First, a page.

And now, let’s see, let’s see what we talk about and what we own. When we talk, we always mean something good about ourselves, and often we only talk about ourselves and what we do. How often! “I did this and that…”, “I had this problem…”. We always talk like that. What a difference with the Holy Spirit, who speaks by announcing others, and the Father the Son! And, as we are jealous of what we own. How difficult it is for us to share what we have with others, even those who lack basic necessities! It is easy to talk about it, but difficult to practice it.

This is why celebrating the Most Holy Trinity is not so much a theological exercise, but a revolution in our way of life. God, in whom each Person lives for the other in a continual relationship, in a continual relationship, not for himself, challenges us to live with others and for others. Open. Today we can ask ourselves if our life reflects the God in whom we believe: do I, who profess faith in God the Father and the Son and the Holy Spirit, really believe that I need the others to live, I need to give myself to others, I need to serve others? Do I affirm it with words or do I affirm it with my life?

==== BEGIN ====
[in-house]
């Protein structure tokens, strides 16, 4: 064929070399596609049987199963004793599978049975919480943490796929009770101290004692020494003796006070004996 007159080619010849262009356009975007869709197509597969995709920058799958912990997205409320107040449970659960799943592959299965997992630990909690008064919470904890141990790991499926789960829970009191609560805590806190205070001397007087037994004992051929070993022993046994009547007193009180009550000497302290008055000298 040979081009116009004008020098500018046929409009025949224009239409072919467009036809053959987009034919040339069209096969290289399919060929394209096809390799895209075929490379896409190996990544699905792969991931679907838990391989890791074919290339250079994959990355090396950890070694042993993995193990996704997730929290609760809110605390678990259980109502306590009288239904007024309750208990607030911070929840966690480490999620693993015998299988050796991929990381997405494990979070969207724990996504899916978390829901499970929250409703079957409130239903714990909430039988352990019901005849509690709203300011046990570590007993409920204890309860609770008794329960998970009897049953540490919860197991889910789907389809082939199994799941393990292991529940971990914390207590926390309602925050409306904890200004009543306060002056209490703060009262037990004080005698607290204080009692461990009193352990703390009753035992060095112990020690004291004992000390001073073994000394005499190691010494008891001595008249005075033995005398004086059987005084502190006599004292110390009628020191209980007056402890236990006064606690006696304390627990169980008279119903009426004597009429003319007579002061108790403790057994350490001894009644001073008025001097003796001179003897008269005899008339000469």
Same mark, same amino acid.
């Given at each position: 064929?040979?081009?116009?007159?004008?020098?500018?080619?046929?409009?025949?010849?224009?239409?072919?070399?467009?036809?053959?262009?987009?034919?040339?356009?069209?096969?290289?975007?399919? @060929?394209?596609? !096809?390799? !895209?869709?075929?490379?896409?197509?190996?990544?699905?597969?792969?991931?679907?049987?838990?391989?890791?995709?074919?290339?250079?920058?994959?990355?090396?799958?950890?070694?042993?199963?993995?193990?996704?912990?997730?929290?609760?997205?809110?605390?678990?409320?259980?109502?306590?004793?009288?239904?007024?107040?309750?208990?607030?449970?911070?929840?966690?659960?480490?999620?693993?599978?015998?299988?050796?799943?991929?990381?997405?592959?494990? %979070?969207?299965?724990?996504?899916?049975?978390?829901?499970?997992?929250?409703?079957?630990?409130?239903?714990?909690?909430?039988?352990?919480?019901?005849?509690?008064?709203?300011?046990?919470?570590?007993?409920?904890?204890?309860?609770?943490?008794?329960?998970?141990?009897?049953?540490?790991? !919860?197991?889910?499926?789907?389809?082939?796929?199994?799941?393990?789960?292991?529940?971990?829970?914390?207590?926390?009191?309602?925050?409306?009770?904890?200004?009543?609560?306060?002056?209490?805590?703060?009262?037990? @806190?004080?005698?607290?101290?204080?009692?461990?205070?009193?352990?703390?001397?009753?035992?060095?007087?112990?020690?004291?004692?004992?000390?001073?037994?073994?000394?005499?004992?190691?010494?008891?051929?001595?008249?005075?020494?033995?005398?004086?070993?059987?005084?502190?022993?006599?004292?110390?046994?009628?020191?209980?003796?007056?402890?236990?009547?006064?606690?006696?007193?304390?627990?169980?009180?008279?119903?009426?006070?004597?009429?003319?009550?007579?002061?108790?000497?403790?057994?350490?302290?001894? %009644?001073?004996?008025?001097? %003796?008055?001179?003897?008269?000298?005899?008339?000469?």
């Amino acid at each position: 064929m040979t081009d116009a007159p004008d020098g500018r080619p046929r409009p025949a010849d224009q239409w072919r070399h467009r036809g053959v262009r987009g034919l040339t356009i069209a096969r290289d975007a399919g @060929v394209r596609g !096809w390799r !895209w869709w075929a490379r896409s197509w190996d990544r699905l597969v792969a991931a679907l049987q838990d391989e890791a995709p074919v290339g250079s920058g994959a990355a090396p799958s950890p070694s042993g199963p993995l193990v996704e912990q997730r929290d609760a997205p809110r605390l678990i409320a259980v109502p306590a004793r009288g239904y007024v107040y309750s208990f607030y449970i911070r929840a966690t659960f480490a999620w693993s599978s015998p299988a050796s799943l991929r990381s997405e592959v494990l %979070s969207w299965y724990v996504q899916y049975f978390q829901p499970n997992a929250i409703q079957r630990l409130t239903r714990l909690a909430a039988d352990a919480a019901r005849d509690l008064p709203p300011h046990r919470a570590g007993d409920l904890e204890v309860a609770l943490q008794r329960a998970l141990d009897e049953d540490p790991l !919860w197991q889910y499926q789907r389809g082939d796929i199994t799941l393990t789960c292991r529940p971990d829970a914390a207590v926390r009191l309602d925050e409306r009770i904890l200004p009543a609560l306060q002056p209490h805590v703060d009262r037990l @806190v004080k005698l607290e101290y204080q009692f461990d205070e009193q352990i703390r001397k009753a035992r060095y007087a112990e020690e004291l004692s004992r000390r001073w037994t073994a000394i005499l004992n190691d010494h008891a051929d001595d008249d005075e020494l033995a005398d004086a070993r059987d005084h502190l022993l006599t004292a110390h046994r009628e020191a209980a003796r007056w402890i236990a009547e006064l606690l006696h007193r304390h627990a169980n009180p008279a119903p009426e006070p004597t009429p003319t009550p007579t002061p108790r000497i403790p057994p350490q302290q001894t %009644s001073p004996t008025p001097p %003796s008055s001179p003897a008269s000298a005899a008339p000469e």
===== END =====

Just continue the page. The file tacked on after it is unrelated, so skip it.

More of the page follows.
The One and Triune God, dear brothers and sisters, must manifest Himself in this way – with deeds rather than words. God, who is the author of life, is transmitted less by books than by the testimony of life. He who, as the Evangelist John writes, “is love” (1 day 4:16), is revealed through love. Think of the good, generous, gentle people we have met; recalling their way of thinking and acting, we can have a little reflection of God-Love. And what does it mean to love? Not only to wish them well and to be good to them, but above all, at the base, to welcome others, to open up to others, to make room for others, to make room for others. That’s what it means to love, at the root.